Bridging Cultures Institute 2002

Diversity and Evolution (Anne Dalke)




Remember when we were searching for "science in the news" last week, and we discovered the snake head

It is the logo for today's discussion, and here's what it looks like...


We'll get back to it in a bit, after we've recalled...

I. Embedded Science

for further resources, see
Building Two-Way Bridges: Gender and Science

I want to turn especially to the work of Anne Fausto-Sterling ,
Professor of Biology and Women's Studies @ Brown University
esp. her article "Science Matters, Culture Matters." Circulating Draft. January 2002,

which offers a new model for teaching "science in a social context" and emphasizes the embedded nature of every topic in her course. She begins each topic by having students construct a "knowledge web" (for ex, neural tubes are embedded in matrix of medical/social questions), and ends each one w/ a "web expansion unit," in which the students design collaborative projects: they expand on topics that intersect w/ the main subject matter, starting w/ a place familiar to them, but moving beyond the personal to large cultural issues.....

Fausto-Sterling draws on Bruno Latour's observations about complex stories ("hybrids") in daily papers:, and argues that trad'l science made hybrids disappear ("for a scientist work must be an out of body experience"); she also draws on Emily Martin's two metaphors: the "citadel" vs. a "rhizome" (an underground root), suggesting tht we "have to fence in subject matter to make it manageable, but the fences should be picket or lattice--something the students can see through to the landscape beyond."

big take home lesson: imperfection of science/uncertain nature of knowledge (see also Forms of science)

second take home lesson: the generative power of metaphor, as a way of organizing information

(see George Lakoff, Philosophy in the Flesh

(see also Teaching to Learn, Learning to Teach

Let's pause and generate a list of metaphors for our own classroom experiences, (see responses as blackboard photo or as table)

Going a step further now....

to talk not just about encouraging more students to do science, but about changing the nature of science itself, by involving different types of students in it....


II. Diversity and Evolution

In response to Fausto-Sterling, Anne.
"Building Two-Way Streets: The Case of Feminism and Science."
NWSA Journal 4, 3 (Fall 1992): 336-349.

Hubbard, Ruth with Sandra Harding, Nancy Tuana and Sue Rosser.
"Comments on Anne Fausto-Sterling's 'Building Two-Way Streets.'"
NWSA Journal 5, 1 (Spring 1993): 45-82.

Sandra Harding notes
  • the failure of science to show that they are for us, committed to increasing human welfare
  • and the success of science in keeping their potentially most severe critics from becoming interested
  • she suggested thinking about patterns of literacy/interest as indicative of causal relation between women's disinterest in science, and science's disinterest in own social history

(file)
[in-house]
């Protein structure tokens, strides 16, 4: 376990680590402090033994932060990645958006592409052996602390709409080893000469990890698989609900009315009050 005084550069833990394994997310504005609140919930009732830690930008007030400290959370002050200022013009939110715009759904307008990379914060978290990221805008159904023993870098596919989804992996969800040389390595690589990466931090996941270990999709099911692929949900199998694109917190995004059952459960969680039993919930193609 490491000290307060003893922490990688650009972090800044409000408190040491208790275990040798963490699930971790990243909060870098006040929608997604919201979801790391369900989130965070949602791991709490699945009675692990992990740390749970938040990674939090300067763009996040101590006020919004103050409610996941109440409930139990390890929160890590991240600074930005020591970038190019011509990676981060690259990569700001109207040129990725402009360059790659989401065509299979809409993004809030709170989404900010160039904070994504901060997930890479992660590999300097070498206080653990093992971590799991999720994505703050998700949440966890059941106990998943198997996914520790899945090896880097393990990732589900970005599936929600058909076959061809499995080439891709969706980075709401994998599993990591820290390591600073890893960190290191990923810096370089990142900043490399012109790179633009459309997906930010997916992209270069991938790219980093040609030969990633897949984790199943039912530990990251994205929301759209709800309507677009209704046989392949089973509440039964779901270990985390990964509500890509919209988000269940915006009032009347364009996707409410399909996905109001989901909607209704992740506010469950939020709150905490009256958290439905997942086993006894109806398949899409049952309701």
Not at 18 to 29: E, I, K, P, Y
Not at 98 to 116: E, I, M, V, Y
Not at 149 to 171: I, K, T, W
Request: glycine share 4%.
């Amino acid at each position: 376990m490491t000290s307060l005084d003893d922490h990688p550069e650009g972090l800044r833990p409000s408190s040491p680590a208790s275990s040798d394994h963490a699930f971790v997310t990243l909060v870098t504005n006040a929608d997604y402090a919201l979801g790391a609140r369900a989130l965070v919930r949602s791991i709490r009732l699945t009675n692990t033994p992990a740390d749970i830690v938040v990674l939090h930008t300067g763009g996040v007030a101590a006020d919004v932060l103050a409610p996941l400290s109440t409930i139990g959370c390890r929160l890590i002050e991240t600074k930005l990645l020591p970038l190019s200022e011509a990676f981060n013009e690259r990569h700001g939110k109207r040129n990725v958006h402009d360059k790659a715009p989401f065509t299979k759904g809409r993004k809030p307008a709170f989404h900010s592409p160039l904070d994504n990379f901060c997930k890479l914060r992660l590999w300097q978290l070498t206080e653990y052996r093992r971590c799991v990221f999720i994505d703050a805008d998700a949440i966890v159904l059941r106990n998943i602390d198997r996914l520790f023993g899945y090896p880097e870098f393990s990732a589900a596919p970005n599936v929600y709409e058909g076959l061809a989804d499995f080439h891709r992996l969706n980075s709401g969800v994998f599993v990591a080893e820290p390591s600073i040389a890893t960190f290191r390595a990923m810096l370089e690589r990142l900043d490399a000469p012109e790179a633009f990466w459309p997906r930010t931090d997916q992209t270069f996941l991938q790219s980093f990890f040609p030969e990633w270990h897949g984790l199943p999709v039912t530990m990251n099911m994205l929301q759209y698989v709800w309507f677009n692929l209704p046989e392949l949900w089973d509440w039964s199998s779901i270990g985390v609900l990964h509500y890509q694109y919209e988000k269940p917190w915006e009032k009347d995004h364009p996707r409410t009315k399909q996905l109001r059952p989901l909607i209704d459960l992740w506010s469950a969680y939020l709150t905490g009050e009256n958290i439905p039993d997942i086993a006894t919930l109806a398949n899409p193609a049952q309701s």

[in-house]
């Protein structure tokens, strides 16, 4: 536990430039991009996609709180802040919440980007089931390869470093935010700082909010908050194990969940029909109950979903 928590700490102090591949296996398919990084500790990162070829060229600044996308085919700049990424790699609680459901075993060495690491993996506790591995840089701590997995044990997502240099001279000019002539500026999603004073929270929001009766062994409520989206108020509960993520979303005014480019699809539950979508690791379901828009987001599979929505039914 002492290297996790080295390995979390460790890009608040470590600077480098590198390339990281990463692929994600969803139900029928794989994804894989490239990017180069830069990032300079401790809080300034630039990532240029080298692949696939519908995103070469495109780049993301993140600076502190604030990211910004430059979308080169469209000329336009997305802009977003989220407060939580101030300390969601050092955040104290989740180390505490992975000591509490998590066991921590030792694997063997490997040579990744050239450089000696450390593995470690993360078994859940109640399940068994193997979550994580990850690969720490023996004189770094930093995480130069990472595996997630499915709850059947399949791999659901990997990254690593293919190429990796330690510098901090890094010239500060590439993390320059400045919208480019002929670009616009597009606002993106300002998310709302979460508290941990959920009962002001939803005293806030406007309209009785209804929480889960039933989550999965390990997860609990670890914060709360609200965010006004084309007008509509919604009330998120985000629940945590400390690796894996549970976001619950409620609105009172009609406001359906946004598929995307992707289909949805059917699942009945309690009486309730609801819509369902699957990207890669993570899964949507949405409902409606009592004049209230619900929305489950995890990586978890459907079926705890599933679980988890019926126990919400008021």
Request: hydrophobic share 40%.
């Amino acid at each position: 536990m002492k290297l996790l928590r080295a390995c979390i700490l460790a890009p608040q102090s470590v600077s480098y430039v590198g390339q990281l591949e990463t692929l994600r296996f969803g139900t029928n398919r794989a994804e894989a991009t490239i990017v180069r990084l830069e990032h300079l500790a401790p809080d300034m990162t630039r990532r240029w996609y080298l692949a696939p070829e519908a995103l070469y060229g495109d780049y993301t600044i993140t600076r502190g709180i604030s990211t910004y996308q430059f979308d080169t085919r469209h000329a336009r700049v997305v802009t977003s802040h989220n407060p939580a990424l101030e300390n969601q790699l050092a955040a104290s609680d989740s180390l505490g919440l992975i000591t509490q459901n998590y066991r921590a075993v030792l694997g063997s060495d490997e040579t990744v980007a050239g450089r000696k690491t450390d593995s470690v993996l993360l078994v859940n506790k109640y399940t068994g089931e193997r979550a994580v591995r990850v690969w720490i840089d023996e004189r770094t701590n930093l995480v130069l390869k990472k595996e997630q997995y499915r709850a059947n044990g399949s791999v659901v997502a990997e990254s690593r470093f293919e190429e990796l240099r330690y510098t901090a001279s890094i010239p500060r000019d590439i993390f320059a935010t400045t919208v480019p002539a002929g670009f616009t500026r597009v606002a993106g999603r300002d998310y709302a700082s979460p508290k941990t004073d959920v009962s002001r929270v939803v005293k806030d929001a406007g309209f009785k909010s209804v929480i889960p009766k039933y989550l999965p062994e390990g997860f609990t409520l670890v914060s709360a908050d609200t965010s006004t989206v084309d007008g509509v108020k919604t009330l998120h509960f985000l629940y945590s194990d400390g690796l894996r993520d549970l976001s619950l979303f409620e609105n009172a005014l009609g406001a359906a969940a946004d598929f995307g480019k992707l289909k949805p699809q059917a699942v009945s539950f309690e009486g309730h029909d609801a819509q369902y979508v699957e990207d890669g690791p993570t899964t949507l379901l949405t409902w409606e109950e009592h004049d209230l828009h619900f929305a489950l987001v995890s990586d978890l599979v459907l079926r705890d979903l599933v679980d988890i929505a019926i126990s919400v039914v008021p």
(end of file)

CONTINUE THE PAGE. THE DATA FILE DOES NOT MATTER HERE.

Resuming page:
Lots of people are DISABLED from participating in science...
and science is disabled thereby....

Ray McDermott and Herve Vareene, "Culture As Disability." Anthropology and Education Quarterly 26, 3 (1995): 324-348.

H.G. Wells, The Country of the Blind (1913)

What about the culture of education (what about the culture of your particular classroom) disables your students (yourself?) in the classroom? In your classroom particularly? Write your thoughts in the institute forum area. (see responses)


III. Intersectionality is Enabling

Beginning in "my" field, 19th c. American Literature, w/

Herman Melville, Moby-Dick: or, The Whale (1851)

Now marvelously re-written, filling in aspects missing from the old ...

Sena Jeter Naslund, Ahab's Wife, or, The Star-Gazer (1999)

Let's try this re-writing of stories, drawing on our own diversity, celebrating the diversity of the natural world, in science (cf. Paul Grobstein, Diversity and Deviance (1989)):

Read a couple of articles about our "favorite" science-in-the-news event: the arrival of the snakehead.

Now: try to imagine a new story for this fish. In what way might its appearance in the US (hint: like the meteor which cleared the way for the coming of humanity some 65 million years ago) be productive of some NEW thing, some new life form? Post your "new story," your "revised news," in the institute forum area.

ALTERNATIVE:

Recall your metaphors for your self as teacher, for students and classrooms, and look over those described by others. What new metaphors might you create which might reduce the "disabilities" inherent in your own earlier metaphors? Write about your new metaphors in the institute forum area. (see responses).

To conclude: Fausto-Sterling writes of "our anachronism":

"our imagination fails us: how can we use [our students'] touchstones to give them insights into the things that touch us deeply about the natural world?"



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